there is a sceneof This blows my mind.
It started weird. Cassian Andor, our titular anti-hero, pulls off an impossible heist in the Galactic Empire and is doing what any reasonable criminal would do afterwards: in what can only be described as “Space Ibiza” place to meet. Get drunk at night and hangover on the beach during the day. The strange atmosphere of the universe usually attracts space wizards to show them off with laser swords.
While hanging out, Cassian – a passerby in a brand new independent crime he wasn’t involved in – was stopped by a stormtrooper and interrogated on the spot, accused of taking part in a crime he had only witnessed.
Anyone who saw that scene and was interviewed by a rogue cop almost certainly had a pimple in their stomach. Cassian, courteous and friendly, frantically tries to avoid trouble as he slowly gets caught up in a series of carefully crafted leading questions that lead him to imprisonment for a crime he didn’t commit. It’s a true scene that’s both brutal and puzzling. What initially felt like a parody slowly turned into something terrifying. The result feels depressingly inevitable: that’s what happens when you allow fascism to run wild.
It’s funny, but Andor — a spin-off show focusing on characters from a spin-off movie — is actually the first “stuff” in Star Wars This shows us that the Galactic Empire is a true fascist regime, fundamentally, very bad. It’s a little weird in a universe where the villains are supposed to be space Nazis.
But that’s also why Andorra continues to be a surprisingly good TV show. If you haven’t watched it, you should definitely watch it. it rules.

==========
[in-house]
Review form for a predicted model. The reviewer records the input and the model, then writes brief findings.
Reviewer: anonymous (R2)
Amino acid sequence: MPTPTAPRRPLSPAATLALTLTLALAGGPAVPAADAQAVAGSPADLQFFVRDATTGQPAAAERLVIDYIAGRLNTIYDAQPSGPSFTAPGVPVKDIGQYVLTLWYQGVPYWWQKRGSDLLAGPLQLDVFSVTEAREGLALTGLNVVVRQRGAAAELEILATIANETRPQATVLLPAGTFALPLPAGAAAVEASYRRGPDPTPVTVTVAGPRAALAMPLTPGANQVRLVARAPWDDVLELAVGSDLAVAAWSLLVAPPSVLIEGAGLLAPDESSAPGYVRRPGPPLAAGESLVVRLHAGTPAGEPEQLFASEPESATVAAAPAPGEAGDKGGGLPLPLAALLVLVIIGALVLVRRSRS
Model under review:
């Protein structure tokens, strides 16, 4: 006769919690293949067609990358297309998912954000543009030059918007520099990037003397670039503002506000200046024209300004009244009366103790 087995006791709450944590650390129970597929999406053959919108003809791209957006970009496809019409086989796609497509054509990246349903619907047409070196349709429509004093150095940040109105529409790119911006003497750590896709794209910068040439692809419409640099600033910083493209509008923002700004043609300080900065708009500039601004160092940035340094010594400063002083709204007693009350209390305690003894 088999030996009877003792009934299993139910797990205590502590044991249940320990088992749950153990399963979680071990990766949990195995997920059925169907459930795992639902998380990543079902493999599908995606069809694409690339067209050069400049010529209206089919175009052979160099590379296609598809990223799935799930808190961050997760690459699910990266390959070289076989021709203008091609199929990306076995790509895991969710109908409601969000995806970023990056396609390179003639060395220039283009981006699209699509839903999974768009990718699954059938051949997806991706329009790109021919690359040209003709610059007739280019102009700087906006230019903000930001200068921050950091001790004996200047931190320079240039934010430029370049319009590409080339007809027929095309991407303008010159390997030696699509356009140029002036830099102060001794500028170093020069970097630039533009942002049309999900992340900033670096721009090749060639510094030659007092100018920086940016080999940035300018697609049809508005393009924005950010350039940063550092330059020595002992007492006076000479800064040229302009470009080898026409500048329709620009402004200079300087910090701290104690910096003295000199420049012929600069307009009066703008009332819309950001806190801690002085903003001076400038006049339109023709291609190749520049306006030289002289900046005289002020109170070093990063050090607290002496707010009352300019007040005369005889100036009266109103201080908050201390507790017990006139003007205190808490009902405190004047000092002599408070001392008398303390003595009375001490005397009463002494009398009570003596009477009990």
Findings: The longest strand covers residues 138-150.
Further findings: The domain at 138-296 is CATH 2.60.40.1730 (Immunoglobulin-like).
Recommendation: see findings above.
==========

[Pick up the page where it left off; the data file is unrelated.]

Andorra rules because it’s a show obsessed with the smaller things in its universe. Star Wars is traditionally about gigantic events, gigantic space battles, with galactic-altering consequences. But in any Star Wars movie, I don’t really get what Luke Skywalker and company are really fighting for. Or what the rebels were against.
Darth Vader sucks because he wears black and suffocates dick. That’s it. The emperor, on the other hand, was pale and pale, and smiled horribly. Sure, these guys blew up planets and slaughtered cubs, but that’s pantomime villain stuff. In Andor, the villain is the slow and humble creep of fascism, making the show one of the most high-profile works Disney has produced since licensing Star Wars in 2012.
It’s a show that’s obsessed with the little, honed minutiae. We can see apartment buildings, broken robots, disappointed mothers and grown children having dinner together. We watch bureaucracy in action, bad little job meetings, office bitch meetings. We see families bickering over breakfast, wrestling with guest lists, and just being generally involved in the mediocrity of everyday life. Oddly enough, it’s charming.
I’ve often criticized Star Wars for its obsession with filling in the gaps in its own timeline, making the once grand universe dwarfed. Andorra’s cosmic construction is different. It dials in tiny details in a way that makes the Star Wars world feel real. By weaving the stories of these lesser characters into the grand narrative, we get a sense of the sheer scale of the wider conflict. It’s not a Star Wars story, it’s just a small piece of a story that takes place somewhere in that universe. Excellent.
But aside from these top concepts, Andorra is just a show that excels in almost every aspect of its production. Looks good and well written. Not a single line feels overworked or clumsy. It also contains many top-notch performances.
Denise Gough — who plays Dedra Meero, a member of the Imperial Security Service — brilliantly captures the corporate angst of a high-stakes meeting where one wrong word could cost you your job. and, As this tweet saysif Stellan Skarsgård rudely asked me if I wanted to “really fight these bastards”, I wouldn’t commit any crime.
Andor takes Star Wars to a place it has never been. It feels more like a John Le Carre novel with a blaster than a space opera.as a real person“That’s enough for me, thanks,” is a welcome change.
If, like me, you find yourself exhausted by Luke Skywalker’s exploits, I urge you to reconsider. Andor, whatever the Star Wars baggage, is one of the best shows of 2022. I am as surprised as anyone.